House Lets FEMA Flood Program Borrow More From Treasury

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The House moved Wednesday to increase the borrowing authority of the federal program overseeing flood insurance, the second such increase since Hurricane Katrina resulted in an unprecedented number of claims along the Gulf Coast.

In a voice vote, the House approved a measure that would allow the National Flood Insurance Program, which is run by the Federal Emergency Management Agency, to borrow up to $8.5 billion a year from the Treasury. The bill now goes to the Senate.

In September, Congress passed legislation to raise the borrowing authority to $3.5 billion from $1.5 billion.

The flood program, established in 1968, currently covers around 4.5 million policyholders in more than 20,000 communities located in flood plains and other low-lying areas.

The House also voted to ease a series of rules for Gulf Coast schools damaged by Hurricane Katrina and other schools nationwide that have enrolled displaced students.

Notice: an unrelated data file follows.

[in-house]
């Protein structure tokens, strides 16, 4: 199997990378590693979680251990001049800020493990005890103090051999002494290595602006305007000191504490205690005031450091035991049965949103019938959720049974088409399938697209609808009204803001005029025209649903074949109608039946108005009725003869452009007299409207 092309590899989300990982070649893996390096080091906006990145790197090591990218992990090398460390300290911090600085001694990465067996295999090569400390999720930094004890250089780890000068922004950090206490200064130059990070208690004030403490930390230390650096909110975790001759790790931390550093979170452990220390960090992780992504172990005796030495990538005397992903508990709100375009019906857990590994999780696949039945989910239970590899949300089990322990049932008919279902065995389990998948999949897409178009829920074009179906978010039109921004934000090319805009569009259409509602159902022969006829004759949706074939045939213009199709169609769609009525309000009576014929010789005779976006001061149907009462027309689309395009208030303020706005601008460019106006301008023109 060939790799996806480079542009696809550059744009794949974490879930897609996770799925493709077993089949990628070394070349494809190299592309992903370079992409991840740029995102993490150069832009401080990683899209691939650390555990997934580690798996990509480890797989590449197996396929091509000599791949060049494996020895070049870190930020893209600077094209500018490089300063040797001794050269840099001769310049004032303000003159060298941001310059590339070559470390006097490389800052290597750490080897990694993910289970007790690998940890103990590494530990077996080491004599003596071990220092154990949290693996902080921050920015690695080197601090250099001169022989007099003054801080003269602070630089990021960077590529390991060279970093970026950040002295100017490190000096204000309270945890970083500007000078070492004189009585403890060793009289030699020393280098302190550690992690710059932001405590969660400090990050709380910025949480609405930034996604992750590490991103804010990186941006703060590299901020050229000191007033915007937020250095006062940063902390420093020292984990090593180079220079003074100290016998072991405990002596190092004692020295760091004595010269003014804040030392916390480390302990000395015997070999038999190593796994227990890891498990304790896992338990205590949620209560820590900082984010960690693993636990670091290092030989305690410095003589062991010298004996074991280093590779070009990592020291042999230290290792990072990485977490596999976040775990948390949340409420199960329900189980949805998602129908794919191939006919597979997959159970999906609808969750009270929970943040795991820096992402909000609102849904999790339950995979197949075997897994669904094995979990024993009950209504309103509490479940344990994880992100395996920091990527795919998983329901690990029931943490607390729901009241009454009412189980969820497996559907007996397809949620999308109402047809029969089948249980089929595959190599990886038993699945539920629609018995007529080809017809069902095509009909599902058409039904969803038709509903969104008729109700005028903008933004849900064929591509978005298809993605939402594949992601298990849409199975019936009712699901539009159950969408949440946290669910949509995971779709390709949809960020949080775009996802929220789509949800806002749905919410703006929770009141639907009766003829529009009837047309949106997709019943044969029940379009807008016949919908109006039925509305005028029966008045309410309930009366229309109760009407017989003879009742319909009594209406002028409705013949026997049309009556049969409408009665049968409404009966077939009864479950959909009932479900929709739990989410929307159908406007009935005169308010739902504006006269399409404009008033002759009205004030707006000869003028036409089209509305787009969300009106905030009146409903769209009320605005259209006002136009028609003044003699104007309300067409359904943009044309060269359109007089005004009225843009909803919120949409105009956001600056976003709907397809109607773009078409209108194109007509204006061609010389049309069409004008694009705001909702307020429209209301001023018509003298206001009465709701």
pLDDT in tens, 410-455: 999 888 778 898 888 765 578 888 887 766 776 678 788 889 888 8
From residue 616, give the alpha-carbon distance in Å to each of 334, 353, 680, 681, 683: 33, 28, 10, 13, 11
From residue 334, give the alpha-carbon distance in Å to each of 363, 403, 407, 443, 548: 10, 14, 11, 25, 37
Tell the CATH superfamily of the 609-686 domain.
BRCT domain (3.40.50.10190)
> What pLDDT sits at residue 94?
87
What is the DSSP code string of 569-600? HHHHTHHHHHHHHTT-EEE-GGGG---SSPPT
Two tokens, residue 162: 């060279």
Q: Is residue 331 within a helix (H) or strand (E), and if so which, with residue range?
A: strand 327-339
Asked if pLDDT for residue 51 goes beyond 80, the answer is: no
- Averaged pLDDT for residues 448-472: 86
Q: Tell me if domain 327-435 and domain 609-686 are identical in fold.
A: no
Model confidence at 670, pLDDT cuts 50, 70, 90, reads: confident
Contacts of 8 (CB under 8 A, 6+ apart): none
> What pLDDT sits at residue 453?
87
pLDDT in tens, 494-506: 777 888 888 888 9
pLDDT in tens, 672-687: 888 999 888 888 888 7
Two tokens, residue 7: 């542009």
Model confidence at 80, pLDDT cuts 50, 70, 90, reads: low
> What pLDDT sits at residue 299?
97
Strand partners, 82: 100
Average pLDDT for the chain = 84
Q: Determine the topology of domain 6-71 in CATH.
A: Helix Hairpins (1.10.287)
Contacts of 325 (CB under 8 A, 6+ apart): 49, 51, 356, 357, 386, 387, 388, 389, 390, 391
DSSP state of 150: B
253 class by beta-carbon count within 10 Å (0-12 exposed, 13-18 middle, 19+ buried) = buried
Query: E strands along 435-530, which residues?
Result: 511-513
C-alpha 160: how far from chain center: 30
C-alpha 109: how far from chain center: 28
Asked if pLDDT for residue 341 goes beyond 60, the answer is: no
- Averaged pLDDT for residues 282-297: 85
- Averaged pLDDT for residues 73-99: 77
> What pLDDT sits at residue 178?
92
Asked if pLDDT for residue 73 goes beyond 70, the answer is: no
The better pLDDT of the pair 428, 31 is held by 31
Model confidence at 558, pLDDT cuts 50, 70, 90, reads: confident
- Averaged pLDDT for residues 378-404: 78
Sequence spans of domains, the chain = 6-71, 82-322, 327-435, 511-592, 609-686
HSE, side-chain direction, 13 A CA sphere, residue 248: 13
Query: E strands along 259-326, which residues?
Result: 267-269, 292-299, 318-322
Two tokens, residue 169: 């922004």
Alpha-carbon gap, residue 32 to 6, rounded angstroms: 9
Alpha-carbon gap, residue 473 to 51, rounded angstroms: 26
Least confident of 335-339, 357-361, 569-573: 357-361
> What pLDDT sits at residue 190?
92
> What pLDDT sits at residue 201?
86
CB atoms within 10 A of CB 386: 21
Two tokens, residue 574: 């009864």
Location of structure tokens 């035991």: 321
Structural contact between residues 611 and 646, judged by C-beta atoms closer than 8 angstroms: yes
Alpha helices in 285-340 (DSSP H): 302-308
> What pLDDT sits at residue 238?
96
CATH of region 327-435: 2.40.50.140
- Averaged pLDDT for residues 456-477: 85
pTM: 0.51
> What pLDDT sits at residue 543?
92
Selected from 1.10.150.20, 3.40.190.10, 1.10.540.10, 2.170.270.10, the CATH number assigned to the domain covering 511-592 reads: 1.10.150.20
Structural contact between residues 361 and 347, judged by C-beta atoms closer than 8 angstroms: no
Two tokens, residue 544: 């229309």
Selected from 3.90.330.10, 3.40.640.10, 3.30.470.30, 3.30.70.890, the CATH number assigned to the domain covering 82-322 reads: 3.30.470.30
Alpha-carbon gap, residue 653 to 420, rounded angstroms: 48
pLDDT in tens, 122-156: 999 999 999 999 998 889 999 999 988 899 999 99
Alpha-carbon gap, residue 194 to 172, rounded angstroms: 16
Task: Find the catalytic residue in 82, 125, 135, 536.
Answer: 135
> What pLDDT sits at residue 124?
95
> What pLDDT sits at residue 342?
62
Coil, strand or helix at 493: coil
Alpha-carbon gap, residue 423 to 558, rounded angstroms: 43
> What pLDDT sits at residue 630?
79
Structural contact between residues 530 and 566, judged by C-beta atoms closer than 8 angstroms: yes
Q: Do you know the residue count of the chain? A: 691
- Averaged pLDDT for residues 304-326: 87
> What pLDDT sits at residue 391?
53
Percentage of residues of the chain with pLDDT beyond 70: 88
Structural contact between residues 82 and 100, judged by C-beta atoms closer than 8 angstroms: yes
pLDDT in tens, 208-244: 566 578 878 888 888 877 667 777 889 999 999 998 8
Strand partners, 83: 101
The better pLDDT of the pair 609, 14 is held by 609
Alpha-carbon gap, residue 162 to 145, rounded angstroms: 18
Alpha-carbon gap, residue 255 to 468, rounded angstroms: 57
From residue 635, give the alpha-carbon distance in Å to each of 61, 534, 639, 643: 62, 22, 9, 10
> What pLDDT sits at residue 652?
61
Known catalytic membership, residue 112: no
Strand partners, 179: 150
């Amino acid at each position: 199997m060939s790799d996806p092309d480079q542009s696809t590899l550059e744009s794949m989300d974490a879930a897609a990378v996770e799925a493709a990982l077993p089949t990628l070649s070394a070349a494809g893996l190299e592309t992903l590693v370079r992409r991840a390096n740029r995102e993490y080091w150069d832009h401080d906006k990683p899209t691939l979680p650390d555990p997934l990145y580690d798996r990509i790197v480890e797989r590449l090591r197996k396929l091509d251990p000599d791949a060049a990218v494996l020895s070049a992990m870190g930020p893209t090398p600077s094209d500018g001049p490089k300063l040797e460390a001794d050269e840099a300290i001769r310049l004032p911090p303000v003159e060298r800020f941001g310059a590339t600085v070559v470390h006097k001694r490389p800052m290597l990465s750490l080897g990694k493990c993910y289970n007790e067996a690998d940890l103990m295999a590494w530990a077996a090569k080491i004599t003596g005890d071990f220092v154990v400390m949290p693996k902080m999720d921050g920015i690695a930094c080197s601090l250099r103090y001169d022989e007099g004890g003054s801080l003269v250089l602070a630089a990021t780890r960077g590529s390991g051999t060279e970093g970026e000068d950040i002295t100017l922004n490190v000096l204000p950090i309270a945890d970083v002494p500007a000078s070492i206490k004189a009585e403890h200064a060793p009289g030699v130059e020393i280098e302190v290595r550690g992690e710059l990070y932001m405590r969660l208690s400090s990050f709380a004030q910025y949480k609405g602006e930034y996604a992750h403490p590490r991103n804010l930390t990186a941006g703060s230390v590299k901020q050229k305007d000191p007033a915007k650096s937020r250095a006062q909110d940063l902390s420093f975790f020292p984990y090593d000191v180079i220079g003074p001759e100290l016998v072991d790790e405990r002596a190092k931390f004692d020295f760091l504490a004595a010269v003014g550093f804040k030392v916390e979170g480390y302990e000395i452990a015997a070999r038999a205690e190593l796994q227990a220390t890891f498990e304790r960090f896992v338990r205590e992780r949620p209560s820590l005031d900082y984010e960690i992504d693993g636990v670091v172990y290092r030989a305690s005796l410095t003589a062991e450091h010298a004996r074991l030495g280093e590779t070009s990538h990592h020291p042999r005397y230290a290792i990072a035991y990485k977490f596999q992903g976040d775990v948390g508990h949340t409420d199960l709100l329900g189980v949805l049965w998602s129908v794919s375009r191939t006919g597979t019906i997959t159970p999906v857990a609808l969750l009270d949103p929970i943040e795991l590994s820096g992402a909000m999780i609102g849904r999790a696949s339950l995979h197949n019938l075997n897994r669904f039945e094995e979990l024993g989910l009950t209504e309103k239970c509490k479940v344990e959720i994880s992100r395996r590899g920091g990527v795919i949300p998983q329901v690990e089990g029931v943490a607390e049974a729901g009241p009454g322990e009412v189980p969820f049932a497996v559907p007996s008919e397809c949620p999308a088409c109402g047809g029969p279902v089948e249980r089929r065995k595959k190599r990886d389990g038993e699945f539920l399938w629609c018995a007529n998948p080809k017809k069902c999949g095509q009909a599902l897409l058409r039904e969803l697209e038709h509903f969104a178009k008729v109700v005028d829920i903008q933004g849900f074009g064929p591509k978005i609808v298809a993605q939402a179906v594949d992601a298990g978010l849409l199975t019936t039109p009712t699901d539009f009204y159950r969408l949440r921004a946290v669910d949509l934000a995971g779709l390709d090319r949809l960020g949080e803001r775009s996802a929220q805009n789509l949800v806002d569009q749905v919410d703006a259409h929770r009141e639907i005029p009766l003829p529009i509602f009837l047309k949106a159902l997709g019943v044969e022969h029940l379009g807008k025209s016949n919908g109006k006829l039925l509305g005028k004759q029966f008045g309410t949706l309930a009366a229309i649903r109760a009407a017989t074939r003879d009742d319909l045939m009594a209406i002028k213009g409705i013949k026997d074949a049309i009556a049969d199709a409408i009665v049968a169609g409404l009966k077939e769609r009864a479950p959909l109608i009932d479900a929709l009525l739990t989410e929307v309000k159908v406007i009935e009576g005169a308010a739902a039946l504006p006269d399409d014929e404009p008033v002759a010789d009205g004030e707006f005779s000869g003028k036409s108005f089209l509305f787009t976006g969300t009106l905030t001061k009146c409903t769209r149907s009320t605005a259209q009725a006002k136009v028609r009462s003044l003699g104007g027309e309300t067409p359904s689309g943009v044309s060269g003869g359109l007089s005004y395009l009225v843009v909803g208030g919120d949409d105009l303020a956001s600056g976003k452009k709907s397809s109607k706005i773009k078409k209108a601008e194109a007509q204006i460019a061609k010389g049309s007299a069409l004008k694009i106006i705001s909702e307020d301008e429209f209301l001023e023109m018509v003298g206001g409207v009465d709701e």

Teachers that have been deemed "highly qualified" in their home state would be given the same designation in any state where they have moved to temporarily teach evacuated students.

Schools would be given more time for evaluating and reporting on kids with special needs. The bill would also encourage states to loosen restrictions on charter schools, which receive public money but have more freedom in what and how they teach.

On the higher education front, colleges would be required to adjust their financial award calculations to consider any reductions in family income caused by the hurricane. The education secretary would be directed to expand financial aid outreach to affected students.

The bill, sponsored by Rep. Bobby Jindal, R-La., passed in a voice vote.

The loosening of the rules would last only for the current school year.